In this week’s basketball coaching conversation, Washington State head coach Kyle Smith joins the Basketball Podcast to share on Nerdball analytics insights.
In his first three seasons at Washington State, Smith has rebuilt the Cougars putting himself in rarified air at WSU as he has finished his first three seasons at .500 or better joining Tony Bennett as the only Cougars head coaches to post .500 or better records in their first three seasons after taking over a sub-.500 club. In addition, he has posted back-to-back winning seasons, the first time in over a decade at WSU.
Smith began his coaching career as an assistant at his alma mater Hamilton College. He then moved to Division I as an assistant at Air Force, Saint Mary’s, and San Diego.. He got his first head coaching job at Columbia University in 2010, where he led the Lions to three postseason appearances and a 101-83 record in six seasons.
In 2016, Smith was hired as the head coach at the University of San Francisco, where he continued his success with three consecutive 20-win seasons and two postseason berths. He also implemented his signature “Nerdball” system, which uses analytics and data to evaluate players and opponents.
Kyle Smith Quotes:
“We’ve been able to get some four star guys and some highly touted guys that have embraced it [use of analytics] and really improved themselves . . it really gives them ownership of their career and their ability and it really attracts the guy that wants to bet on himself.”
“Eventually we built it out to 50 stats in pretty much every aspect of basketball. And we’re always adding and maneuvering a little bit, trying to improve it year over year.”
“You’ve got to be efficient with your time and we just don’t have enough time to stop each possession and teach. Everyone learns differently but I’m really leaning into the smart and responsible guys. They’re going to get the feedback and they get the good, bad, and indifferent.”
“Now, with technology, you can send them clips, ‘Here’s areas you can get better at. Here’s what you’ve done well, reinforce it.’ So, the more analytical the player is and more willing to put the time outside of the practice time, the more stuff we get done.”
“This has to be something special . . So, I’d take the first ten minutes to really talk to them and engage them and give them the ‘why.’ Guys want to know the ‘why.’ So the emotion part is like, ‘Why are we doing this today?’”
“Over time, I think those habits become second nature and they end up doing it. You can become a little machine-like which is great, but you want to have the joy, you don’t want to steal the joy of the process and being a team and what really, hopefully, brought you to playing basketball – that camaraderie, the accomplishing things together.”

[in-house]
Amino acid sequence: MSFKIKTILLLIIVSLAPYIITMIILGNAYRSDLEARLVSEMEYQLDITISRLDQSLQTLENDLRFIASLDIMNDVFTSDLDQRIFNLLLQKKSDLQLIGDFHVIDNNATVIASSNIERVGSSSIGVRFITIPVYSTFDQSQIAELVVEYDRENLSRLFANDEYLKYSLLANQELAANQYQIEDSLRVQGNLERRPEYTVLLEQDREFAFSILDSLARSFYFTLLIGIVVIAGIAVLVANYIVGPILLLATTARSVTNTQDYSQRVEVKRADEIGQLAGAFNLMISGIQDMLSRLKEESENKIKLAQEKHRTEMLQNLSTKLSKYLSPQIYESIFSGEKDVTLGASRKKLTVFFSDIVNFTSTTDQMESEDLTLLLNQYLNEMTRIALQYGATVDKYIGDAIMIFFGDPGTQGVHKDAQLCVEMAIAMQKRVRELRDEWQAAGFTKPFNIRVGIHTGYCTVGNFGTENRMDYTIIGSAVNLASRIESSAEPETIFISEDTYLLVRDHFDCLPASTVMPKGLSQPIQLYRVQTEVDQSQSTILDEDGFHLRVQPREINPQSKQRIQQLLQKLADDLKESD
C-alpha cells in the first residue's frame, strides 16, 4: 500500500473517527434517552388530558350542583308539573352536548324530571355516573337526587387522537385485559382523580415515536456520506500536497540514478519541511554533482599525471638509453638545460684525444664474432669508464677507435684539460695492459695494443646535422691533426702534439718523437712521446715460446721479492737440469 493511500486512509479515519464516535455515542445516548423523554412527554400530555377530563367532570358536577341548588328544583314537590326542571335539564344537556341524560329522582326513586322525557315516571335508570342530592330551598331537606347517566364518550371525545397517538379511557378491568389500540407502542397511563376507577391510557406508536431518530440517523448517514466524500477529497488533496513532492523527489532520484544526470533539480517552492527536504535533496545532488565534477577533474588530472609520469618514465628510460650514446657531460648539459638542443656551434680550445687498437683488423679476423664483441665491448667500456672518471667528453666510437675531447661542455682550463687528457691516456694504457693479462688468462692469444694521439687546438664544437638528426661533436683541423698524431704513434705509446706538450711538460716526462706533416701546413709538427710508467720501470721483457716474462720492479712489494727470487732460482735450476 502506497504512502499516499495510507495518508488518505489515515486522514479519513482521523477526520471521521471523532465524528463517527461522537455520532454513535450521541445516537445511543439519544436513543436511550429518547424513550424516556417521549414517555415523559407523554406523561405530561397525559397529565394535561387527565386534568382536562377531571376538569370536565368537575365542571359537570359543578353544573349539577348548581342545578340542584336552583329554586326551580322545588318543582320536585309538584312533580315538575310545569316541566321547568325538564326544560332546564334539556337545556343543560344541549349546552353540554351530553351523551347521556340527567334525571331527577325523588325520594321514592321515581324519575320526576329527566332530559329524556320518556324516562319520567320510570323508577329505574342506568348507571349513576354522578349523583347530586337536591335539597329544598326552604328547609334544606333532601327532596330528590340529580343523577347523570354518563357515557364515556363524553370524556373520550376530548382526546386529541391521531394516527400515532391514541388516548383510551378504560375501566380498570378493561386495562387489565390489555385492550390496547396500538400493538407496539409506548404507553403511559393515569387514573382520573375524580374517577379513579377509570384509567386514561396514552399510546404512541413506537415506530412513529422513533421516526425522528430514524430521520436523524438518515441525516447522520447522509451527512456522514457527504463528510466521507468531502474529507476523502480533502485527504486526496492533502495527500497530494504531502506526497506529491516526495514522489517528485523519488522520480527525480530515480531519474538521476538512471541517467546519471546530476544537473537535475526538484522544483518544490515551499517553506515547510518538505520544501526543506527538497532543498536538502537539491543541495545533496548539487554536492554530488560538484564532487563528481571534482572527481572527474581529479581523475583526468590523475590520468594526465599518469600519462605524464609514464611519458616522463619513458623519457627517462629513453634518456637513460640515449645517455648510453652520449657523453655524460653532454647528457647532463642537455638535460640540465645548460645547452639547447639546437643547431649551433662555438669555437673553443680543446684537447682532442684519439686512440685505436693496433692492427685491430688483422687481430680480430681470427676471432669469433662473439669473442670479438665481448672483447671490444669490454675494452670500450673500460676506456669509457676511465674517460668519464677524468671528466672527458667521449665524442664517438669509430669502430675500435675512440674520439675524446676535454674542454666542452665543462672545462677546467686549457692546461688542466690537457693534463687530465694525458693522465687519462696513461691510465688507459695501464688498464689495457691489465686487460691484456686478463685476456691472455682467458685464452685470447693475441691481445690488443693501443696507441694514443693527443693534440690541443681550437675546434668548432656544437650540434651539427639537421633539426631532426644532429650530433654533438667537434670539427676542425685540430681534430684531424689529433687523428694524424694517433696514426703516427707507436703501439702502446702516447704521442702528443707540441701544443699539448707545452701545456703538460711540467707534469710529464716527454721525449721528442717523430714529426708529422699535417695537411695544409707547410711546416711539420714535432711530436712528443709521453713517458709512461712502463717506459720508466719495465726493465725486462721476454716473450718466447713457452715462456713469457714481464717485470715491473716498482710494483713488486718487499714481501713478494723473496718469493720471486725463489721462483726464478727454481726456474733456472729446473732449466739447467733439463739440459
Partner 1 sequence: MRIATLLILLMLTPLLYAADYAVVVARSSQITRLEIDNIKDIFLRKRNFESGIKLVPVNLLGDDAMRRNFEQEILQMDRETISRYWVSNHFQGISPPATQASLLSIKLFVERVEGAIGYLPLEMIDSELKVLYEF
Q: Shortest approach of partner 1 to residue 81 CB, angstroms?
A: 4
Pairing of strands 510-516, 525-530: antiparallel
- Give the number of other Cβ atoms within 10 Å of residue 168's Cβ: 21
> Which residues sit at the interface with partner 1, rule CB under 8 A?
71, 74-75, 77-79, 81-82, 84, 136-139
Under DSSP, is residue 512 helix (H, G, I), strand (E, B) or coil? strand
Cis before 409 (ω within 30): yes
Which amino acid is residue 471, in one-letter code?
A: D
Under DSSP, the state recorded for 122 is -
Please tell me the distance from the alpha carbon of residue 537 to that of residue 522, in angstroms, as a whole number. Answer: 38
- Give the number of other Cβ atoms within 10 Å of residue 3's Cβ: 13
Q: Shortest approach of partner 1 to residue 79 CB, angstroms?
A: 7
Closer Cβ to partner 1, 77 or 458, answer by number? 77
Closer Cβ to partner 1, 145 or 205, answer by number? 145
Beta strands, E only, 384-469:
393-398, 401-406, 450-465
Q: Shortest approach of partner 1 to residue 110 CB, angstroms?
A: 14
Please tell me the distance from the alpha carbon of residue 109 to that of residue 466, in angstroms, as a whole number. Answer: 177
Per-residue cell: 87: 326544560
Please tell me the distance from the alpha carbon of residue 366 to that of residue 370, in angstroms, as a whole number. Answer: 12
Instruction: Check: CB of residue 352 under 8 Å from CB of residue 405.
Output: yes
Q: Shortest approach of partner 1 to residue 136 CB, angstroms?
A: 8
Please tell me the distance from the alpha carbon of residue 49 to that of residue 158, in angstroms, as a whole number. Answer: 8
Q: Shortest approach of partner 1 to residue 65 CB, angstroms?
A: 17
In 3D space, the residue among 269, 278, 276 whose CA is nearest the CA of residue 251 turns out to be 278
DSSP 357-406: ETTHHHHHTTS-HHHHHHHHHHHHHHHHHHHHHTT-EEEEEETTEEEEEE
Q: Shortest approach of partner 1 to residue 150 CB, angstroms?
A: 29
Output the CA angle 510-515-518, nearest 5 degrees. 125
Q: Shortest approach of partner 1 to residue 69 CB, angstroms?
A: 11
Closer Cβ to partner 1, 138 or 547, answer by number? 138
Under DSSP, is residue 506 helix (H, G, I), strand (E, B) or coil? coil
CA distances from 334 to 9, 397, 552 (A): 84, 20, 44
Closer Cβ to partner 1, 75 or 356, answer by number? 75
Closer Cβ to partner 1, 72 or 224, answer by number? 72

“I’ve been on a team since I was nine. Every year, it’s part of who I am . . it just gives me meaning. I think it gives everyone a little purpose. Just that camaraderie. I think everyone does want to be part of something bigger than themselves.”
“You can’t run from the accountability. Bottom line. We’re probably a little more accountable than others in really trying to sharpen the edges, but it’s going to hunt you down in life. If you want to be successful, you’re going to be held accountable, and you’ll want to take on the challenge.”
“We’ll go over these sections and areas . . I want to hit the positives. We call it ‘confront the brutal facts’ a lot. Let’s see where we’re at.”
[On defense] “It’s hard to do and it takes a lot of heart and you got to do things over and over. The repetition, having the mental and physical discipline to do things every time . . I think the two most important things are be able to stop the ball and protect the rim. You’ve got to be able to do those things. They can’t just be driving the ball in the paint all night.”
“Offensive rebounding is one of the best things you can do in basketball. It gives you another possession. Anytime you get us a possession, it’s worth 1.1 points. So, if you get on the floor for a loose ball and we come up with it, you got us another possession that’s worth a point. You get more shot attempts, more possessions, you’re giving yourself the best chance to win.”
“The system is supposed to tell you who your five best competitors are . . You’re not looking at us talent. You’re looking at production. Who’s producing out there? Who’s doing what we ask? . . when you have a little individual talent and you have a little leverage . . you’ll try to drag it your way as a player and it’s like, ‘No, come on, let’s do the things everyone else is doing, too. And that makes us good.’”
“It depends what kind of resources you have to deal with it. The one thing you have to do is, if you’re going to do it, you’ve got to do it every day . . whatever you’re doing, if you’re publishing it and sharing with them, they’re going to see what you emphasize.”
Kyle Smith Breakdown:
1:00 – Washington State Rebuild
5:00 – Nerdball System
9:00 – Data and Analytics
14:00 – Removing Biases
20:00 – Mindset Training
23:00 – Improvement
24:00 – 50 Categories
28:00 – Idea of Turning Threes
29:54 – 30:56 – Hoopsalytics Ad 3
34:00 – Watching the Process
37:00 – Isolation Efficiency
39:00 – Data
46:00 – Shooting Ball Handling
51:00 – Offensive Boards
56:00 – NBA
59:00 – Adopting the System
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